Fortitudine vincimus – “By endurance we conquer.”
Endurance is the incredible true story of Ernest Shackleton and his crew’s amazing escape from disaster in Antartica — so incredible in some places it seems improbable that it all really occurred. However, the journals of all the men and testimonies afterward seem to corroborate one another fully. Every adventure racer, every endurance paddler, every navigator, etc. should read this story immediately. 🙂 It really is that good and that fascinating. That men could survive in such conditions over such a long period of time, that they could travel the distances they traveled in the most unlikely of methods, and live to tell about it, is beyond comprehension. And the book is so well written, it really grips you from the start and never lets you go.
For the navigators, imagine this… When 6 of the men had to leave the rest of the crew, sailing from Elephant Island through perhaps the most treacherous ocean in the world, in a small boat not meant for that kind of thing:
They would travel perhaps a thousand miles across the stormiest ocean on the globe. The ultimate goal was an island no more than 25 miles wide at its widest point. To guide an open boat that distance, under conditions that were frightening even to contemplate, and then to strike a pinpoint on the chart was a task that would sorely tax even Worsley’s skill as a navigator.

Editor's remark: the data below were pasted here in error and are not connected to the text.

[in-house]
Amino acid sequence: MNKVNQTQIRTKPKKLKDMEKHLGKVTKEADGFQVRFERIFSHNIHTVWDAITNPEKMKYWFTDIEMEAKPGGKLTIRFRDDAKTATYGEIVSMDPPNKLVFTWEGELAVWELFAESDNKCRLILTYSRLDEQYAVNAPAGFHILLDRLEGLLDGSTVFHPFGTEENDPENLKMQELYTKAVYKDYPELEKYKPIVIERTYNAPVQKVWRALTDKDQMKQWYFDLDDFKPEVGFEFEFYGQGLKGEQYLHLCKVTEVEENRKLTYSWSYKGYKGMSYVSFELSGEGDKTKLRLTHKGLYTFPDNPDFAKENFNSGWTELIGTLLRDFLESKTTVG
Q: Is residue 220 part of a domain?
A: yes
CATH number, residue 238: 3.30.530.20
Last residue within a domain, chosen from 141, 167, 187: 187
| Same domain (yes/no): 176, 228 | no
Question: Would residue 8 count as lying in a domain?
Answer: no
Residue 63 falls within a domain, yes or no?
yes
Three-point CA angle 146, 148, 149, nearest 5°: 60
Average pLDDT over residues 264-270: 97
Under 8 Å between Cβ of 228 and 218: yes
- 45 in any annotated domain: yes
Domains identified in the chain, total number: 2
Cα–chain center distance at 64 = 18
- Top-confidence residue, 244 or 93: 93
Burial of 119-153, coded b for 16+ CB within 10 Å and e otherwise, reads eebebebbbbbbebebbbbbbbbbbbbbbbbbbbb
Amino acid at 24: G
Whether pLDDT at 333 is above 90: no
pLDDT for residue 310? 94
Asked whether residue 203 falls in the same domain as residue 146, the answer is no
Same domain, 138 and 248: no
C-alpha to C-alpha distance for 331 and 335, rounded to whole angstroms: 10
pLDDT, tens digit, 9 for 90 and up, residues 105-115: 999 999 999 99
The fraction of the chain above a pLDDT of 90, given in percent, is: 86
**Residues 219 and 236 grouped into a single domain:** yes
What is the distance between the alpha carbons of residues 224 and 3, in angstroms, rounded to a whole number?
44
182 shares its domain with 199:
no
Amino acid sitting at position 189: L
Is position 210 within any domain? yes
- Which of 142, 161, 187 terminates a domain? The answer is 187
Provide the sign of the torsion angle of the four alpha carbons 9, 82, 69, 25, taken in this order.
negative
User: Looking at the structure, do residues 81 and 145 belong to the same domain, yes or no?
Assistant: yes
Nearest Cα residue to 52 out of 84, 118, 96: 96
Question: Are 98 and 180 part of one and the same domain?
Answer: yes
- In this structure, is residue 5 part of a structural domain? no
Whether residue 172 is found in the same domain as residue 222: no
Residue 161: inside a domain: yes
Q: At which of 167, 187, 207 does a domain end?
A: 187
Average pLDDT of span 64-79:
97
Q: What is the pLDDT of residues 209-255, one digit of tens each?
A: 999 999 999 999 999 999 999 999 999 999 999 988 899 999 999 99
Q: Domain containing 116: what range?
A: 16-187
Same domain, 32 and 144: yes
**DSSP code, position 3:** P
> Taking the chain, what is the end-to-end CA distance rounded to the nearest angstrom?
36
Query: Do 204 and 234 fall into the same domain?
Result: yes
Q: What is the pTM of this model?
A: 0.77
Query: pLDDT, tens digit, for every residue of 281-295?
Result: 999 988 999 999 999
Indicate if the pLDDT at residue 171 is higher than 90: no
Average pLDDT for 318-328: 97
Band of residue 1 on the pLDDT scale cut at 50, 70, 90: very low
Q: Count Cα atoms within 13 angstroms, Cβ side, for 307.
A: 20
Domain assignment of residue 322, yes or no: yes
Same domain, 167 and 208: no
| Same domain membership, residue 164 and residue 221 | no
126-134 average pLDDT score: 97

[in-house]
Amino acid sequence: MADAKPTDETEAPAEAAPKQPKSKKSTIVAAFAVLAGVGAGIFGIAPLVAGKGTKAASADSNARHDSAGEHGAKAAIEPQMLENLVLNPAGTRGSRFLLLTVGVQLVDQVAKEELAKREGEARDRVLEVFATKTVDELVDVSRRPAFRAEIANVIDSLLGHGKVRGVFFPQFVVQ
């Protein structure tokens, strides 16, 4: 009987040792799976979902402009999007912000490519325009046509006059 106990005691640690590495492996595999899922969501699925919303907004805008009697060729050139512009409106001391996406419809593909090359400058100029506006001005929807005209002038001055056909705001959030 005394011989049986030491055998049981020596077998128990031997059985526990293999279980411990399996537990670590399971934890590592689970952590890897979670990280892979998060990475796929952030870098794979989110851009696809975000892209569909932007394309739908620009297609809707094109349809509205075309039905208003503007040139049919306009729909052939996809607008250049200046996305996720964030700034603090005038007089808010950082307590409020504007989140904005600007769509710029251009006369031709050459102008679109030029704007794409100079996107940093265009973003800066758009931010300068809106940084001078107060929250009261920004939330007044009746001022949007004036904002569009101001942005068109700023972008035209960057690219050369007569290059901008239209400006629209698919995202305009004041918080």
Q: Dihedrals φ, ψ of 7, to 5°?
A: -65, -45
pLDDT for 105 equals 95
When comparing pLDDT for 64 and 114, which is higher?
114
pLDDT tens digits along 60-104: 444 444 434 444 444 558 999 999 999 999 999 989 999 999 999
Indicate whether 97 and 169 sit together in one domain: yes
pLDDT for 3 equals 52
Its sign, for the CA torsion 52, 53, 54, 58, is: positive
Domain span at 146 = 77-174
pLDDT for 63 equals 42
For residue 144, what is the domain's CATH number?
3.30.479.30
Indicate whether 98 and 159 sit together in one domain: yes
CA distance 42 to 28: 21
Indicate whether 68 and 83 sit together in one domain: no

For the orienteering population out there, imagine this… When they had to climb up and over South Georgia Island, an island with 10,000 foot peaks, glaciers, crevices, freezing cold weather, fog, etc….
“I do not know how they did it, except that they had to-three men of the heroic age of Antarctic exploration with 50 feet of rope between them-and a carpenter’s adze.”
But it was inescapable. He was the Boss. There was always a barrier, an aloofness, which kept him apart. It was not a calculated thing; he was simply emotionally incapable of forgetting-even for an instant-his position and the responsibility it entailed. The others might rest, or find escape by the device of living for the moment. But for Shackleton there was little rest and no escape. The responsibility was entirely his, and a man could not be in his presence without feeling this.
In some ways they had come to know themselves better. In this lonely world of ice and emptiness, they had achieved at least a limited kind of contentment. They had been tested and found not wanting.